JavaScript Framework

Angular 7+

For the client-side implementation of your web application, I confidently recommend Google’s Angular (also known as Angular.io or Angular 2+). Avoid AngularJS (also known as Angular 1); it’s a relatively easy framework to learn, but has some issues around performance and challenges with maintainability. With Angular’s tight integration with TypeScript it’s easier to maintain and safer to code with. It does take a little longer to set up, but it’s worth it.


Facebook’s React is also very popular and if you’re comfortable with it, use it. I’ve used both and I prefer Angular because of it’s tight integration with TypeScript as well as its clean patterns. React also has a TypeScript implementation, but it’s as well-supported as Babel, it’s own type engine. And I don’t see Babel as being as having the industry adoption that TypeScript has.

But they’re both excellent, well-supported frameworks. Vue.js is also getting a lot of attention nowadays, but it’s not one I’ve used. There has been so much written on choosing one so I won’t go into that again. I prefer Angular, but they all work fine with ASP.NET Core. Pick the one you want as indicated in the screenshot below.

Choose SPA Framework

Blazor (Web Assembly)

There is another experimental platform called Blazor that one should definitely be aware of for the future. It will build to a WebAssembly which is now supported by the mainstream browsers. This will mean you can code C# for the client-side! I think Blazor will be a major player in client-side development in the future. Very exciting indeed, but it’s too early at the time of this post.

CSS Framework

Bootstrap 4.1+

Bootstrap 4.1 is a very powerful and extensible CSS framework developed originally by Twitter, specifically with Responsive web design (RWD) in mind. Version 4.1 has some great improvements over the very popular version 3 and version 4.

Unfortunately version 4.1 still relies on jQuery and other 3rd party JavaScript libraries, but the intention is to rid the framework of these in version 5. So do look out for that.

With ASP.NET Core the client-side libraries have to be installed and updated with NPM packages. That’s a big topic on it’s own, so I won’t cover that in this post.

Real-time communication


For real-time communication (chat, tickers etc.) use SignalR either in the application or better yet SignalR on Azure. It is a very specific use-case, but this is very cool technology that I’m very fond of.

Editors and other Tools

Code Editor

For folks who have been on the Microsoft stack for a while, Visual Studio is the go-to IDE. It’s a very powerful, rich & full-featured IDE that comes in 3 editions; Community, Professional & Enterprise. Community is free and fine for most cases. Visual Studio is now available on Mac, but it’s not open-source. The Enterprise edition is very expensive.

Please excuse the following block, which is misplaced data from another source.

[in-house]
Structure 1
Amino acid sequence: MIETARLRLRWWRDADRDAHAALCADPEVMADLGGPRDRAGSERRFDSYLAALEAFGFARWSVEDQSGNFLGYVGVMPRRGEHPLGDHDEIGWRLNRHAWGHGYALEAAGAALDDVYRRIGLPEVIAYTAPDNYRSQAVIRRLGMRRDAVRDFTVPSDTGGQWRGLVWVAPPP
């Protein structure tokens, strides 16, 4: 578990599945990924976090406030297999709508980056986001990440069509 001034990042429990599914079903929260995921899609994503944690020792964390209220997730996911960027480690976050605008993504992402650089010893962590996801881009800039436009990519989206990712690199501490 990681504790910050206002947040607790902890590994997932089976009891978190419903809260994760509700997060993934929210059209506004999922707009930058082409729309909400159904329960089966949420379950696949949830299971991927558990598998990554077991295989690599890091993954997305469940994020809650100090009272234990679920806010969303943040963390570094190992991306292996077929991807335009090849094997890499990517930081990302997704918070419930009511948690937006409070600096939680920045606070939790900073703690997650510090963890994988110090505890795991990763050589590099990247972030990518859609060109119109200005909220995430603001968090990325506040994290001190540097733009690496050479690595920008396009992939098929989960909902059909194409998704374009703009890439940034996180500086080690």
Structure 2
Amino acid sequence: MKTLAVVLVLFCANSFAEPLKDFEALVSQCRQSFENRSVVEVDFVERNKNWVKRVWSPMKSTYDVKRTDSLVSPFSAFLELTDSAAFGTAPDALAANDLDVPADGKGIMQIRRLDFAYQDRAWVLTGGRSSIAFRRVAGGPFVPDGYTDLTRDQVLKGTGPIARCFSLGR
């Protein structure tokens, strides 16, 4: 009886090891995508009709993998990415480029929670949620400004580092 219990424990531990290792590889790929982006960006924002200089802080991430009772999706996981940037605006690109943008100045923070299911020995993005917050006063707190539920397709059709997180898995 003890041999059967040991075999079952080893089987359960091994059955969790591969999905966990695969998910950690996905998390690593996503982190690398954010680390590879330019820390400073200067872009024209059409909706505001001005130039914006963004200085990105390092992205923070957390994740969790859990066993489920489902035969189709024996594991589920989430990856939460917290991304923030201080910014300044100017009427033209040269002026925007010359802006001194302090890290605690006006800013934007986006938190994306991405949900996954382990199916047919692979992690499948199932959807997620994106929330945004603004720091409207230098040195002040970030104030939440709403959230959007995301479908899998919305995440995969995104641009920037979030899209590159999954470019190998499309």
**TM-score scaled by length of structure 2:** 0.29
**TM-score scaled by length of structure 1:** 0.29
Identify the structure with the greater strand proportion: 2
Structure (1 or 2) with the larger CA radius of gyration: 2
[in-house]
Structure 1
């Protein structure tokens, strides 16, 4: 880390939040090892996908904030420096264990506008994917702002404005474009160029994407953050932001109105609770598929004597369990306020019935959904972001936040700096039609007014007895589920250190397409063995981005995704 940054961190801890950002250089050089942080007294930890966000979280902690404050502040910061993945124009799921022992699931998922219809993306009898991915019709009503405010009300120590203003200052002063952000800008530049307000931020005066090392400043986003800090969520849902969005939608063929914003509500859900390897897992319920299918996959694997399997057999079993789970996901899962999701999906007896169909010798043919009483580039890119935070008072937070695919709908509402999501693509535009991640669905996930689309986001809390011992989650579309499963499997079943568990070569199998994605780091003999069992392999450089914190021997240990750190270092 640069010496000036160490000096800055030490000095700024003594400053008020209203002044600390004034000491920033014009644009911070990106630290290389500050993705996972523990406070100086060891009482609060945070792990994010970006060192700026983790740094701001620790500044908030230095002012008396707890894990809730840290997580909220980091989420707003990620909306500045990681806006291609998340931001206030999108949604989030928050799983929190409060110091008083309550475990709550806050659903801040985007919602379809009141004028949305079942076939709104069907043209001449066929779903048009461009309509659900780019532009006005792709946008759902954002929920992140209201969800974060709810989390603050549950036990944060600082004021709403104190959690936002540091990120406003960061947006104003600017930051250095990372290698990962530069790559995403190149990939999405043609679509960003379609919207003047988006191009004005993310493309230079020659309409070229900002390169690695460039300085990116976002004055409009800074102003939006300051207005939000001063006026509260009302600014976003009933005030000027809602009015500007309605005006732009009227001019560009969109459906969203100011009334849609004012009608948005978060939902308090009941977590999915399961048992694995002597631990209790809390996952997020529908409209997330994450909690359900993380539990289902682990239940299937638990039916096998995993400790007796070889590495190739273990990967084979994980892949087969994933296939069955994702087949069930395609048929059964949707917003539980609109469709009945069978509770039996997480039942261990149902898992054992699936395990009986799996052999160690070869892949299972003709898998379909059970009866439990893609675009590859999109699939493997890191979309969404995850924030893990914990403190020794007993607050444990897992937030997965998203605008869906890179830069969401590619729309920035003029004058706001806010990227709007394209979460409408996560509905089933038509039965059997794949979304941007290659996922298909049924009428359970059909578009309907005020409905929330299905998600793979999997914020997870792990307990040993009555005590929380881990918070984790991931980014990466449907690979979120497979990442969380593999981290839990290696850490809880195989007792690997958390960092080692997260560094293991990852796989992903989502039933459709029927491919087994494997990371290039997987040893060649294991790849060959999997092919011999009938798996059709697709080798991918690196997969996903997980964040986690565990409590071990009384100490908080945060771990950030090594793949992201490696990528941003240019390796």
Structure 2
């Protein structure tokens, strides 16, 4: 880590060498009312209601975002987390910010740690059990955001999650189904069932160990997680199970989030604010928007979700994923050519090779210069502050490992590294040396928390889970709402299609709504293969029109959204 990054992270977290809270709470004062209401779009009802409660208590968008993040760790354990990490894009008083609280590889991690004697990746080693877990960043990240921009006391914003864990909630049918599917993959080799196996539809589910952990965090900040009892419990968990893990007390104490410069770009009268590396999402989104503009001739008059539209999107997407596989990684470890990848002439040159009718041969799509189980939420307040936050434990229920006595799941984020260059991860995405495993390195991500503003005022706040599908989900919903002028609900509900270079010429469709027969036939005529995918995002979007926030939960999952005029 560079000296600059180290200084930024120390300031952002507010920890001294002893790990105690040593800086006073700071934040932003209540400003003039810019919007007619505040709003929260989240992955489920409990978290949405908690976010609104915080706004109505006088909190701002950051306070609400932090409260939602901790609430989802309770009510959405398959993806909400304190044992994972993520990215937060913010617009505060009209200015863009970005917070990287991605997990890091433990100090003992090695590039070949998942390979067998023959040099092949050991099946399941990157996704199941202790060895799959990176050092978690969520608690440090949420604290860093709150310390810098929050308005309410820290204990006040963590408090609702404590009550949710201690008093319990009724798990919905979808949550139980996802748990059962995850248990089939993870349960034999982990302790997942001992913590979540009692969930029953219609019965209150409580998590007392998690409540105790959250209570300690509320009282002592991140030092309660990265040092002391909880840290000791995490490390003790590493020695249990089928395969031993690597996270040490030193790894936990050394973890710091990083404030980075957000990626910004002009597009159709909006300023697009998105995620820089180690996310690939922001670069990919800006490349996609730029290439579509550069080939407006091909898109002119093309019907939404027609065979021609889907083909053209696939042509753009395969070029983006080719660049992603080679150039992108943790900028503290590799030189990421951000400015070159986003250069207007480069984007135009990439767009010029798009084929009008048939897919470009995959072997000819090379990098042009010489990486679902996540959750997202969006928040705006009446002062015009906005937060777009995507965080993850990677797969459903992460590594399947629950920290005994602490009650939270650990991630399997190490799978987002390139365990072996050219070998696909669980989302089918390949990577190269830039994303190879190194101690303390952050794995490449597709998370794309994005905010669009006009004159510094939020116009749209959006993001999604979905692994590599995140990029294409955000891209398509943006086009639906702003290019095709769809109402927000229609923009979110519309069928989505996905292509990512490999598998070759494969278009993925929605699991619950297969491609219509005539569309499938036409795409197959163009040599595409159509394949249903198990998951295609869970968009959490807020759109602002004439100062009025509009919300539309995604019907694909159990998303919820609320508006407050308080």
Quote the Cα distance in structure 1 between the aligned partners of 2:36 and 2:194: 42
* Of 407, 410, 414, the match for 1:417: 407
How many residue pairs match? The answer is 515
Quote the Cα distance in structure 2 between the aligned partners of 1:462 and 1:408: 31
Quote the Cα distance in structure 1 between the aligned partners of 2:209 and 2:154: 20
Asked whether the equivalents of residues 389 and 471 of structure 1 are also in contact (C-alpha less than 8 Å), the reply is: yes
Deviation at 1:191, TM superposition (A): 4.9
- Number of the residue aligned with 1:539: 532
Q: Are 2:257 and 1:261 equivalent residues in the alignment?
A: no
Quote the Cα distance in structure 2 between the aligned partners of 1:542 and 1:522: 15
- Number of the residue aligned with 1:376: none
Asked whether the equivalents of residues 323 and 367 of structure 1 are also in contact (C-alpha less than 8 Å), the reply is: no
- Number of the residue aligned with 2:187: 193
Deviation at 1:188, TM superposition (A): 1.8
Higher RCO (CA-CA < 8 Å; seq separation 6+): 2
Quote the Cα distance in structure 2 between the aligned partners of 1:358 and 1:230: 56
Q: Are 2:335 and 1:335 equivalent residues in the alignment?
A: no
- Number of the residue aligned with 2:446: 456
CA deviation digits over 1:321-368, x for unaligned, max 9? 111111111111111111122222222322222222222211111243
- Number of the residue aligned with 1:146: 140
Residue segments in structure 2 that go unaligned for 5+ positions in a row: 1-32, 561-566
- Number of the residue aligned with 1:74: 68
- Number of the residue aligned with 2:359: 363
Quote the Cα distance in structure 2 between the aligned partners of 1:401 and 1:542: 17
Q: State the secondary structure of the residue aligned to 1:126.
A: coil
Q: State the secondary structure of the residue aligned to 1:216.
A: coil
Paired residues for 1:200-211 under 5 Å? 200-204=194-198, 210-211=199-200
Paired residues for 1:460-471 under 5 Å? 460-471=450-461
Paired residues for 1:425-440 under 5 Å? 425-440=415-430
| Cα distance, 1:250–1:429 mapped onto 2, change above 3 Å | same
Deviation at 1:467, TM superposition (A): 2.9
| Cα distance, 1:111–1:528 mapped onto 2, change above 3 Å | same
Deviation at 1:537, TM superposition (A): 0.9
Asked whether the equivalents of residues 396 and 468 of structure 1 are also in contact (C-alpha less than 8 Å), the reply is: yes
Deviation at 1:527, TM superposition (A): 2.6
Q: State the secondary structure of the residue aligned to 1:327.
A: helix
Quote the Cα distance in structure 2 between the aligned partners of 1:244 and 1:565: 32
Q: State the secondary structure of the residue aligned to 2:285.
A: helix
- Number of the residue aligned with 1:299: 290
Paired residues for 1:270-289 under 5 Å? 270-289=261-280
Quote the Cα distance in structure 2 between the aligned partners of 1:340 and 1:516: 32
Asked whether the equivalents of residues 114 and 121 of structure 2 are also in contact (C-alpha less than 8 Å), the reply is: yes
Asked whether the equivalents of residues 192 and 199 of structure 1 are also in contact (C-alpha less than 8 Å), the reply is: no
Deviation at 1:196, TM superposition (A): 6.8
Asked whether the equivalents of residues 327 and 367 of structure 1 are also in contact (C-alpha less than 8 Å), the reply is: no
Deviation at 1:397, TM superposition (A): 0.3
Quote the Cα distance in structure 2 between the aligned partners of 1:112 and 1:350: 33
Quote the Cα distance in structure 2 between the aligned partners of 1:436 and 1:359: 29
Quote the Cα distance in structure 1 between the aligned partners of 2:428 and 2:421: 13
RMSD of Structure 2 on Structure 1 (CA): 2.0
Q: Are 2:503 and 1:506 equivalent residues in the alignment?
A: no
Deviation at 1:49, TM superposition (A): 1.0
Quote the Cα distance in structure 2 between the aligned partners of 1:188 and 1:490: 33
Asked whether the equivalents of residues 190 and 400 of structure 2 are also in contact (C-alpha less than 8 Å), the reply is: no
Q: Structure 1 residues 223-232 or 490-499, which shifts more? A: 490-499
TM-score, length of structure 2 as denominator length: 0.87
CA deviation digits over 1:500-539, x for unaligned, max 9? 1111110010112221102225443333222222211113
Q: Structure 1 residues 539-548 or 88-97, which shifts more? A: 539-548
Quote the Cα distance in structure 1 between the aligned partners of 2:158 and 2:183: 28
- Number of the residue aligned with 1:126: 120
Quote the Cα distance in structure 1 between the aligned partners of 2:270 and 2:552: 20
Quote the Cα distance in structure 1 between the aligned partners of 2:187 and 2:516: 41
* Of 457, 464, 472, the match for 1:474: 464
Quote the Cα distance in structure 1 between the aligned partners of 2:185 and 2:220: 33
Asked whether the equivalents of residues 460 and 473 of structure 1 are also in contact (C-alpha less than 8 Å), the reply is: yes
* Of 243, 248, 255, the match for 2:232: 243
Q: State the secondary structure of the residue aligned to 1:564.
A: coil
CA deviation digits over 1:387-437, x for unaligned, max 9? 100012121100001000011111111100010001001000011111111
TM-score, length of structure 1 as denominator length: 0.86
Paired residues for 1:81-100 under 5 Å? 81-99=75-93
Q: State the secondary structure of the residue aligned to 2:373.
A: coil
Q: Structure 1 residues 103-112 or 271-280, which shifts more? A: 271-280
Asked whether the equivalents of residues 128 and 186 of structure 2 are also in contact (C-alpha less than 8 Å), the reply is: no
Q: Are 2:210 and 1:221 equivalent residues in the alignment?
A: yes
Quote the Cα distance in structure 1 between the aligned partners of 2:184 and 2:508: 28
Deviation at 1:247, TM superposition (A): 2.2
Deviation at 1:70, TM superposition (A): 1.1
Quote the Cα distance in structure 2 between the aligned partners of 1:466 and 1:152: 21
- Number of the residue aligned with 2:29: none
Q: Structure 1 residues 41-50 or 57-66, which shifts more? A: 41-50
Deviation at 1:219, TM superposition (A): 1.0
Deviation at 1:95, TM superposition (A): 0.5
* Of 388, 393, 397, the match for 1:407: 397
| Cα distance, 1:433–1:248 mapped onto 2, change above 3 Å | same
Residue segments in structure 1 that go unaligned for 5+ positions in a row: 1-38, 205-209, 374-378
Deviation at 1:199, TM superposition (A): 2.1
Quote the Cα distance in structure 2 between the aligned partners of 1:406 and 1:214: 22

However unlike the old days, you don’t need Visual Studio to develop .NET applications any more. Because .NET Core was developed with a CLI, you can use any text-based editor to code for it. Notepad++, Sublime Text or, my favorite, Visual Studio Code all do the trick.

VS Code is also open-source and can run on all the OSes. It’s extensibility platform is quickly making it a developer favorite across tech stacks. It really is a great product. I’ll do a follow-up post on it at some point.

Data Access

If you’re using Azure SQL Database (or any other SQL Server-based data store) most people use SQL Server Management Studio (SSMS). It’s a very powerful, but bulky application that does all one needs. It’s free, but not open-source and only runs on Windows.

More recently Microsoft has released Azure Data Studio. I really like this tool. It’s a much lighter open-source multi-OS application that is also free. See if you can spot the trend here! 🙂

If you’re targeting Cosmos DB, you can use the Cosmos DB emulator for local development.


Over the years, we’ve all seen these buzzwords. Web 2.0, Big Data, Machine Learning and so forth. It feels like DevOps is the trending buzzword currently! For those of us who have been using this for years (who remembers CruiseControl.NET?) it is encouraging.

I very strongly recommend DevOps and particularly the CI/CD part of it, but this is also a very big topic that I may post about in the future. For now though, look to Azure DevOps for all your needs.


Using these services, tools & frameworks you can develop web applications that can scale up and out to whatever you’re likely to need. With the knowledge that you’ll have the support of industry leaders like Microsoft, Google (or Facebook for React) and Twitter.

Happy coding!!